USDA AMS reports that retail prices of organic half gallons have increased by an average of 7 cents per ½ gallon from December 2011 to January 2012, and by 21 cents per ½ gallon since December 2010. This data doesn't take into account that at least 30% of milk volume is sold as private label, which has a different, more competitive, retail pricing structure and is used by retailers as a loss leader to attract customers to other organic and natural products. With the increase in retail price, the volume of sales has continued to rise, both month to month and year to year. Despite the 21 cent per ½ gallon increase in retail price since December 2010, December 2011 sales were at an all-time high with total organic fluid milk product sales of 182 million pounds, up 8.1% from December 2010, and annual sales are up 14.3% January through December 2011 compared with the same period in 2010.
Similarly with another 7 cents increase in the average retail price organic milk products sales for January 2012 increased again to 193 million pounds, up 18.3% from January 2011.

Comparing the January and March 2012 average price for retail half gallon organic reduced fat (2%) milk prices surveyed in thirty cities, shows the largest two month national average price increase since April 2008. Comparing the January and April 2012 average price for retail half gallon organic reduced fat (2%) milk prices surveyed in thirty cities, shows twenty one cities have higher prices for April, seven lower prices and two unchanged. The average retail price for April is down from March at $3.96/half gallon. Chicago, at $4.74 for the April average, is the city with January to April average prices up the most, 45 cents, as well as the highest April price among the surveyed cities. Washington, D.C., at $3.69 for the April average, is the city with January to April average prices down the most, 30 cents. Denver and Houston are tied for the lowest April average price, $3.14. It should also be mentioned that Denver experienced greater three month price volatility than any other surveyed city, increasing 40 cents from February to March, and then declining 50 cents from March to April.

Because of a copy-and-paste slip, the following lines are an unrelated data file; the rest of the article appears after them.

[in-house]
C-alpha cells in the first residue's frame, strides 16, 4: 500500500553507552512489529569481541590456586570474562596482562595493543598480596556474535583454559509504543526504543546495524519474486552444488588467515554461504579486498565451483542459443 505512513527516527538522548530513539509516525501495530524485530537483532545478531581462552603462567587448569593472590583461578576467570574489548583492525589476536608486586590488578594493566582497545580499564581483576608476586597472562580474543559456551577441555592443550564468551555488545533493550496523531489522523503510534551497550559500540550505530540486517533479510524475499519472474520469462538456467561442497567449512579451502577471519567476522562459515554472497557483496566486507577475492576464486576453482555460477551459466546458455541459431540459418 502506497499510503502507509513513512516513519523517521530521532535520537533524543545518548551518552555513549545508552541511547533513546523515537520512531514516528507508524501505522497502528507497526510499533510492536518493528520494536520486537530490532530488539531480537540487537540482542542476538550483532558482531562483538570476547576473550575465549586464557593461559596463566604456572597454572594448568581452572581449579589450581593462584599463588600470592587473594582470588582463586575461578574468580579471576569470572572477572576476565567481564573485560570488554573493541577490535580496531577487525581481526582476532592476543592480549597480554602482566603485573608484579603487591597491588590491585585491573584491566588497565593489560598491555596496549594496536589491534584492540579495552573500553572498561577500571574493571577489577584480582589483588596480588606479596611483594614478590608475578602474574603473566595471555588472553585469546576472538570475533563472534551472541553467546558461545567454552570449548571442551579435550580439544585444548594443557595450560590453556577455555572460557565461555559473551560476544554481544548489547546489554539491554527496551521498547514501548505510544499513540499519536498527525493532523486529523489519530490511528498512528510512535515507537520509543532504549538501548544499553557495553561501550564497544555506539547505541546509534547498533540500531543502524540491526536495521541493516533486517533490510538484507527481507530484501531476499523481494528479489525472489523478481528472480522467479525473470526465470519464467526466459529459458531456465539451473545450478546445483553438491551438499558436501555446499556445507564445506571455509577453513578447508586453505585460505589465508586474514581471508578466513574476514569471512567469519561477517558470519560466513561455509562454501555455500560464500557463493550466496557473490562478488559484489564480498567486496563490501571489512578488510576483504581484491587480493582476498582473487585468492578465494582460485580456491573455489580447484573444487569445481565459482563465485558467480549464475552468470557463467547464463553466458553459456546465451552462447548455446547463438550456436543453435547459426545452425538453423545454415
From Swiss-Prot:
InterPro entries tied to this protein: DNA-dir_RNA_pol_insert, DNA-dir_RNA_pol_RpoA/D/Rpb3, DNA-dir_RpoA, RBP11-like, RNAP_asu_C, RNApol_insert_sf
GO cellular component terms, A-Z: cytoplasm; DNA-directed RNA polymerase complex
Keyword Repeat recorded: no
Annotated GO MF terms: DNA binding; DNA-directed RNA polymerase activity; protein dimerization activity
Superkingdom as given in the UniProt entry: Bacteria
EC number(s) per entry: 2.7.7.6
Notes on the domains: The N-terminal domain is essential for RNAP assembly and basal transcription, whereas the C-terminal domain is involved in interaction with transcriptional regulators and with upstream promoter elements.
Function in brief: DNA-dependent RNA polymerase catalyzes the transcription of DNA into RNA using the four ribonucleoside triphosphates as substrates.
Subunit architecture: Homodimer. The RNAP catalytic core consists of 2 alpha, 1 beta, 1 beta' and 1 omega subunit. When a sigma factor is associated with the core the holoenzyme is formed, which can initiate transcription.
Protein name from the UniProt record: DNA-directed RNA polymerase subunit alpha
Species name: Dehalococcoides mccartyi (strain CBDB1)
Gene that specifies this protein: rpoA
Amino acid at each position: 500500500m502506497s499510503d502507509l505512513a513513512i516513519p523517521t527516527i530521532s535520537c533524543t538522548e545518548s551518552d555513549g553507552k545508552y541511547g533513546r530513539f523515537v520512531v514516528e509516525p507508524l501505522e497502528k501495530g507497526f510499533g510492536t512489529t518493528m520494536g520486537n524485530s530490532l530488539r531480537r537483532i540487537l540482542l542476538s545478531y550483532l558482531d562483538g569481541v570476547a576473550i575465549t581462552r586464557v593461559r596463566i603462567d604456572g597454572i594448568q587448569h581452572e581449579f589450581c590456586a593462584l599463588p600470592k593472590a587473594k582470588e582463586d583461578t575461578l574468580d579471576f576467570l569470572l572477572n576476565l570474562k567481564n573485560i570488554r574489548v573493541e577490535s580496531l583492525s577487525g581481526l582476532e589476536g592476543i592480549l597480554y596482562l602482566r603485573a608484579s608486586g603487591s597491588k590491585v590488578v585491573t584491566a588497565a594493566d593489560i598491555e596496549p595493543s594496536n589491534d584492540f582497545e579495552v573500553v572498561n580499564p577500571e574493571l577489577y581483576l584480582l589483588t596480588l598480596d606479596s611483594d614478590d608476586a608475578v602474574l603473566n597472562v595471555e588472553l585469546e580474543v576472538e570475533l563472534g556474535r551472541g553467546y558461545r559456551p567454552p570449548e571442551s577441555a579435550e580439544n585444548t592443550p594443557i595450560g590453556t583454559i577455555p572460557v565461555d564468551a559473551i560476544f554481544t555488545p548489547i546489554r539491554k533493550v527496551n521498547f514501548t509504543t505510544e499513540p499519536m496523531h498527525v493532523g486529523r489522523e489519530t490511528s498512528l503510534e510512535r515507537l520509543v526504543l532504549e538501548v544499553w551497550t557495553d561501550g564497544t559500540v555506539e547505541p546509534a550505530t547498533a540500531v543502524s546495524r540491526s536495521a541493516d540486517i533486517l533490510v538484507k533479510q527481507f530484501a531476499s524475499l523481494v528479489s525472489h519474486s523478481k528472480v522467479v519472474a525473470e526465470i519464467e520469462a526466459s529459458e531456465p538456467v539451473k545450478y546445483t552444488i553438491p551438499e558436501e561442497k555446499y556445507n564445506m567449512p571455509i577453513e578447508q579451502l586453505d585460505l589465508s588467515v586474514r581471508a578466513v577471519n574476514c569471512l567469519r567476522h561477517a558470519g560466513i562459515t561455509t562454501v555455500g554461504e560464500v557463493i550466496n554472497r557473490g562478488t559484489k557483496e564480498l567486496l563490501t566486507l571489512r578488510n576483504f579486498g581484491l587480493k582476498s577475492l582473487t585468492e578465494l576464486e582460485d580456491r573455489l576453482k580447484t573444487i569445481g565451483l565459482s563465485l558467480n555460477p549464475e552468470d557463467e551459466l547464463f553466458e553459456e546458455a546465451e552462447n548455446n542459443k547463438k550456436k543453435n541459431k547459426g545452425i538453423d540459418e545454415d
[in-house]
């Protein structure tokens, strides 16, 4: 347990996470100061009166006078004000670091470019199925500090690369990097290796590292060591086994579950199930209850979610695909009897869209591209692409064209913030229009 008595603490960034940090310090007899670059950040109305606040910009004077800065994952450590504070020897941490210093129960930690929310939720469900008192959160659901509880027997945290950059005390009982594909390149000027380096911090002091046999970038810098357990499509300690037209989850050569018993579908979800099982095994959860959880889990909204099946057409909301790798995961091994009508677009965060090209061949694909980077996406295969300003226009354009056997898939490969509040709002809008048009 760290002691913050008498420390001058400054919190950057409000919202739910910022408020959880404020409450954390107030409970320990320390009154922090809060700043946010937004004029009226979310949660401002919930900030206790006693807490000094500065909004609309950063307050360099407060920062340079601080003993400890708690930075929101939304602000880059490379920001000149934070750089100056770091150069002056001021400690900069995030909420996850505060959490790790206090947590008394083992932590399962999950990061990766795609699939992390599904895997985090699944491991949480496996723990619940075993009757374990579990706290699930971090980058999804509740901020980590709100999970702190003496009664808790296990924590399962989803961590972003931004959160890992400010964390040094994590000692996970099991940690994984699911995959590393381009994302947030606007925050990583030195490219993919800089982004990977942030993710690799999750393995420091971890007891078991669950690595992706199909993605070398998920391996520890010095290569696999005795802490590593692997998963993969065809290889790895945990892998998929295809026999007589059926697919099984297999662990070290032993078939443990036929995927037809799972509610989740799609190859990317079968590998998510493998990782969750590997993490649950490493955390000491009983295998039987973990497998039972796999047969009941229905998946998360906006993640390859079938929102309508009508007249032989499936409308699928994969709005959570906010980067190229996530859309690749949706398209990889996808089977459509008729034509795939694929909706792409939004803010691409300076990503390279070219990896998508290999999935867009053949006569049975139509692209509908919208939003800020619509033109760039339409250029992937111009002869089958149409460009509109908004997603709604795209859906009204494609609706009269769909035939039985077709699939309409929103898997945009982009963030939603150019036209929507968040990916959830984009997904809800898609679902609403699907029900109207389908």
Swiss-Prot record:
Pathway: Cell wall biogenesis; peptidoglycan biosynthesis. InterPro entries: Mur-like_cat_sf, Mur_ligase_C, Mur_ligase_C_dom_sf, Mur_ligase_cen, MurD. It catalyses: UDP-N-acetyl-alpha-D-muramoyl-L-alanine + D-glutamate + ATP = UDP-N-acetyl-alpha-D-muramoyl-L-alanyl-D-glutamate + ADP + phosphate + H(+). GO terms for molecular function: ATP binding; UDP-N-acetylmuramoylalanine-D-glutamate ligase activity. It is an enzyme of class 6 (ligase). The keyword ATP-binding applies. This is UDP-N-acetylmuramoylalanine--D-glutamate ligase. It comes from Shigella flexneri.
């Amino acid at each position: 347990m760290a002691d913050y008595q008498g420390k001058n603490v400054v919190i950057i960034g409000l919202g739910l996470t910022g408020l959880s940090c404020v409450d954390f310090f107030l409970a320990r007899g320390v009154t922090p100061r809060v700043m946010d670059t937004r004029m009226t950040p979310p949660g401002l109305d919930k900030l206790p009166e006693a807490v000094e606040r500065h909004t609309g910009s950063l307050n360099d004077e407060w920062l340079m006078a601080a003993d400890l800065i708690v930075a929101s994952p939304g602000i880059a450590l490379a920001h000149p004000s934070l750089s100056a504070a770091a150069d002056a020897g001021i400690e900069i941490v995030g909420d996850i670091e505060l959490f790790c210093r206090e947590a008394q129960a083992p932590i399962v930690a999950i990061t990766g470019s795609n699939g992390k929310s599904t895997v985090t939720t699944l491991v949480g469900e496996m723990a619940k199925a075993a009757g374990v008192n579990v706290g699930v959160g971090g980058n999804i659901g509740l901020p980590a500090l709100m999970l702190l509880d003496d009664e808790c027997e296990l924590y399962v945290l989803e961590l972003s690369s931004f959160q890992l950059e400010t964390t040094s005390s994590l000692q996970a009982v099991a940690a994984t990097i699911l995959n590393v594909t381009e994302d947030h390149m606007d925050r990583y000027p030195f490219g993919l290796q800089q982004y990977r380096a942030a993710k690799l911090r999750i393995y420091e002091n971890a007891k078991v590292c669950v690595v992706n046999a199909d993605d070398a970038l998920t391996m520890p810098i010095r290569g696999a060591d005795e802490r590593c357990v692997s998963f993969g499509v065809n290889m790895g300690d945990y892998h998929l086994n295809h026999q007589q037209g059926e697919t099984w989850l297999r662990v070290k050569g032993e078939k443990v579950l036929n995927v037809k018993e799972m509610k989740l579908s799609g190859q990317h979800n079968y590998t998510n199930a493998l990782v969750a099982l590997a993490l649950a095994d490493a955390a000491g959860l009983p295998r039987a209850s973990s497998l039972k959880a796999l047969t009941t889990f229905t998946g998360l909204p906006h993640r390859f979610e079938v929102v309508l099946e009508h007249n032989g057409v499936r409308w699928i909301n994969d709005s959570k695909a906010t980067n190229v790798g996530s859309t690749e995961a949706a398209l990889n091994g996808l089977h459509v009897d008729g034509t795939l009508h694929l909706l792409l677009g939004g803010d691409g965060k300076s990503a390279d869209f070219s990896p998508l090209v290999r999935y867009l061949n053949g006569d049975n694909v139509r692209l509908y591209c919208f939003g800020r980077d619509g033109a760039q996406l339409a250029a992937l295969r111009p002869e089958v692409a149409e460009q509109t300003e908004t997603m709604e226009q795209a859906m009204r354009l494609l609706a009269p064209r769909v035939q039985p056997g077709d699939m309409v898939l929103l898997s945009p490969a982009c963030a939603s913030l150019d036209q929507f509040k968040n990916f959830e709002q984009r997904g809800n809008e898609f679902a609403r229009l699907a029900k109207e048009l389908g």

Organic store brand ½ gallon milk can still be purchased for $2.29, nearly $2 cheaper than branded milk not on sale which is averaging $3.96 / ½ gallon. Obviously organic milk continues to be a loss leader to attract customers to other organic products. Organic dairy processors continue to compete to supply low priced store brand milk.

The AMS National Dairy Retail Report which generated the current national organic half gallon milk weighted average advertised price of $3.71, also determined the weighted average advertised price for non-organic half gallons as $1.96, a $1.75 price spread down from 1 month ago, a $2.46 price spread, up from $.96 two months ago and $.78 three months ago. Most of the reason for the increasing trend relates to increasing prices for organic milk rather than declining prices for non-organic milk.

Sales of organic fluid milk in February were 12% higher than in February 2011 with an average retail price 20 cents higher than February 2011. Sales of organic fat reduced milk in March 2012 were only 1 million pounds higher than March 2011. Sales of private label continue to grow as some consumers move away from the higher priced branded product to store brand. Aurora and Organic Valley are the top two suppliers private label milk.


retail price

Change in
retail price

Milk volume in
million pounds
sold as fluid

Dollar increase in
retail revenue from
Dec 2010 base




 $       3.66





 $          -  


 $       3.66

 $     -  




 $          -  


 $       3.70

 $  0.04


$ 1,460,465


 $ 1,460,465


 $       3.72

 $ 0.02


$ 2,311,628


 $ 2,311,628


 $       3.75

 $ 0.03


$  3,497,674


 $ 3,497,674


 $       3.70



$  1,486,047


 $ 1,486,047


 $       3.75

 $ 0.05


$  3,381,395


 $ 3,381,395


 $       3.77



$  4,158,140


 $ 4,158,140


 $       3.76



$  3,760,465


 $ 3,760,465


 $       3.76

 $   -  


$  3,760,465

$ 2,275,001

 $ 1,485,464


 $       3.76

 $    -  


$  3,760,465

$ 2,250,001

 $ 1,510,464


 $       3.74

$ (0.02)


$  2,946,512

$ 2,187,500

 $ 759,010


 $       3.80

 $ 0.06


$  5,486,047

$ 2,275,001

 $ 3,211,045


 $       3.87

 $ 0.07


$  8,627,907

$ 2,412,501

 $ 6,215,406










 $ 0.21


 $  44,637,209

$ 11,400,004


If all of increase
return to



Actual return to



** Producer share is calculated at an increase of $1.25/cwt based on 23.2558 ½ gallons/cwt multiplied by total volume of fluid milk sold
*** Processor/retail share is based on the increased cumulative income of a higher retail price than they received in December 2010